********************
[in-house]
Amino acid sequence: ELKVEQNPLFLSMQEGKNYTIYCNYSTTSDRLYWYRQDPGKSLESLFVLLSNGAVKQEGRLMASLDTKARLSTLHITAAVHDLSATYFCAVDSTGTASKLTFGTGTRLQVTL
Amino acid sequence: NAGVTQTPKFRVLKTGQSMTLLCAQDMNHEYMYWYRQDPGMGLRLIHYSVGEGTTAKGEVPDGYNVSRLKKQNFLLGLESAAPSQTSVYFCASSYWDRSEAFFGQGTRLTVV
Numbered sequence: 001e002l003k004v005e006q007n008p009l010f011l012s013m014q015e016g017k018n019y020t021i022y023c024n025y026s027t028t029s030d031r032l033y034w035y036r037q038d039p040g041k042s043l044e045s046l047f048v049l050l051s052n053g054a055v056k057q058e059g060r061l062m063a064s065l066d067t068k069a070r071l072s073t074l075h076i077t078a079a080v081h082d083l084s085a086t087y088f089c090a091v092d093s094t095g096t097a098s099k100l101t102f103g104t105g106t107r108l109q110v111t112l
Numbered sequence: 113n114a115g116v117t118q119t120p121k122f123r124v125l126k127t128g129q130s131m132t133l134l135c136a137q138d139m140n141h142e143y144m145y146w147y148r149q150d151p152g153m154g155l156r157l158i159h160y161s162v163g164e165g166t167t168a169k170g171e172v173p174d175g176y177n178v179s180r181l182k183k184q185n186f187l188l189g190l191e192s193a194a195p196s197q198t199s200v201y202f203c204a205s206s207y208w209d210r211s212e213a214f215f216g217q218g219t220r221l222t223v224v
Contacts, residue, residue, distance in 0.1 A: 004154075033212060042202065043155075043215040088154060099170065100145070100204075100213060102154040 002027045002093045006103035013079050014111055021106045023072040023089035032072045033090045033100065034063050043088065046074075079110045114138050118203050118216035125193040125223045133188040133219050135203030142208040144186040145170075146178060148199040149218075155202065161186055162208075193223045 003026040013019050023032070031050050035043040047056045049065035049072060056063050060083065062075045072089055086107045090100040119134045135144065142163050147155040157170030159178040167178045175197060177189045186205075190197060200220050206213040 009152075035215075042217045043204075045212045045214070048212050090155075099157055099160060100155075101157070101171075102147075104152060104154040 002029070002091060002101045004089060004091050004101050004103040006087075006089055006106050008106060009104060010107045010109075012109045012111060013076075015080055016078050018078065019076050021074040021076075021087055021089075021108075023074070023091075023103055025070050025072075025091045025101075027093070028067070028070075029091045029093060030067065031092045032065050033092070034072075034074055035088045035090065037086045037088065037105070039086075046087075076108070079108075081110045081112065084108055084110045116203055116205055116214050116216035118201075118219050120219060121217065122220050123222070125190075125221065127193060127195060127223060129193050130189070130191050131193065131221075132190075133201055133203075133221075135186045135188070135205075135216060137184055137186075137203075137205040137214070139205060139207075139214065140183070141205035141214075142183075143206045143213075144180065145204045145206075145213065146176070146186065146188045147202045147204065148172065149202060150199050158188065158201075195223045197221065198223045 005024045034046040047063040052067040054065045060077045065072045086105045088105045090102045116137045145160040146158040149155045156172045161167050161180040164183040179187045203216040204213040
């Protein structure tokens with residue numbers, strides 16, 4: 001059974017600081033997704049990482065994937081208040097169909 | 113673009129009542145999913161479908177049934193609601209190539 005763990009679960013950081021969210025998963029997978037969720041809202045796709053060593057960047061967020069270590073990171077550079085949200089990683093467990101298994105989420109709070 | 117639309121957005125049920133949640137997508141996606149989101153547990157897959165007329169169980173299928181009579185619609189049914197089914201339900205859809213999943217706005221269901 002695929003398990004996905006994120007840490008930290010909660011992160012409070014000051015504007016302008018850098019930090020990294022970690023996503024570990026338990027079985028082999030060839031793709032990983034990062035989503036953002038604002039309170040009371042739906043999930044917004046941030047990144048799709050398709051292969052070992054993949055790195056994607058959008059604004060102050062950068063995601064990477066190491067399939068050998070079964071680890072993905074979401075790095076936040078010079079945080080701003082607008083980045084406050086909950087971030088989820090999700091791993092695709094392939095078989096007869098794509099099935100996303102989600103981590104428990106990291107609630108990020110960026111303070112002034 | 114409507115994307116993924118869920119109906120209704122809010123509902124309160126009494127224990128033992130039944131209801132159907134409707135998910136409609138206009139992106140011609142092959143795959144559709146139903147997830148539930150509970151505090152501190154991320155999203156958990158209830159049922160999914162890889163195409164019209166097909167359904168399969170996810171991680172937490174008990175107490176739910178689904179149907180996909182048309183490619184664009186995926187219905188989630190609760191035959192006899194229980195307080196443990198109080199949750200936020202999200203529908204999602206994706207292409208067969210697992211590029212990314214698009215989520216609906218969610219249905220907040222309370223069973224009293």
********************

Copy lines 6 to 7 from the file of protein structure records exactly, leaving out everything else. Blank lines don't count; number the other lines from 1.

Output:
Contacts, residue, residue, distance in 0.1 A: 004154075033212060042202065043155075043215040088154060099170065100145070100204075100213060102154040 002027045002093045006103035013079050014111055021106045023072040023089035032072045033090045033100065034063050043088065046074075079110045114138050118203050118216035125193040125223045133188040133219050135203030142208040144186040145170075146178060148199040149218075155202065161186055162208075193223045 003026040013019050023032070031050050035043040047056045049065035049072060056063050060083065062075045072089055086107045090100040119134045135144065142163050147155040157170030159178040167178045175197060177189045186205075190197060200220050206213040 009152075035215075042217045043204075045212045045214070048212050090155075099157055099160060100155075101157070101171075102147075104152060104154040 002029070002091060002101045004089060004091050004101050004103040006087075006089055006106050008106060009104060010107045010109075012109045012111060013076075015080055016078050018078065019076050021074040021076075021087055021089075021108075023074070023091075023103055025070050025072075025091045025101075027093070028067070028070075029091045029093060030067065031092045032065050033092070034072075034074055035088045035090065037086045037088065037105070039086075046087075076108070079108075081110045081112065084108055084110045116203055116205055116214050116216035118201075118219050120219060121217065122220050123222070125190075125221065127193060127195060127223060129193050130189070130191050131193065131221075132190075133201055133203075133221075135186045135188070135205075135216060137184055137186075137203075137205040137214070139205060139207075139214065140183070141205035141214075142183075143206045143213075144180065145204045145206075145213065146176070146186065146188045147202045147204065148172065149202060150199050158188065158201075195223045197221065198223045 005024045034046040047063040052067040054065045060077045065072045086105045088105045090102045116137045145160040146158040149155045156172045161167050161180040164183040179187045203216040204213040
């Protein structure tokens with residue numbers, strides 16, 4: 001059974017600081033997704049990482065994937081208040097169909 | 113673009129009542145999913161479908177049934193609601209190539 005763990009679960013950081021969210025998963029997978037969720041809202045796709053060593057960047061967020069270590073990171077550079085949200089990683093467990101298994105989420109709070 | 117639309121957005125049920133949640137997508141996606149989101153547990157897959165007329169169980173299928181009579185619609189049914197089914201339900205859809213999943217706005221269901 002695929003398990004996905006994120007840490008930290010909660011992160012409070014000051015504007016302008018850098019930090020990294022970690023996503024570990026338990027079985028082999030060839031793709032990983034990062035989503036953002038604002039309170040009371042739906043999930044917004046941030047990144048799709050398709051292969052070992054993949055790195056994607058959008059604004060102050062950068063995601064990477066190491067399939068050998070079964071680890072993905074979401075790095076936040078010079079945080080701003082607008083980045084406050086909950087971030088989820090999700091791993092695709094392939095078989096007869098794509099099935100996303102989600103981590104428990106990291107609630108990020110960026111303070112002034 | 114409507115994307116993924118869920119109906120209704122809010123509902124309160126009494127224990128033992130039944131209801132159907134409707135998910136409609138206009139992106140011609142092959143795959144559709146139903147997830148539930150509970151505090152501190154991320155999203156958990158209830159049922160999914162890889163195409164019209166097909167359904168399969170996810171991680172937490174008990175107490176739910178689904179149907180996909182048309183490619184664009186995926187219905188989630190609760191035959192006899194229980195307080196443990198109080199949750200936020202999200203529908204999602206994706207292409208067969210697992211590029212990314214698009215989520216609906218969610219249905220907040222309370223069973224009293």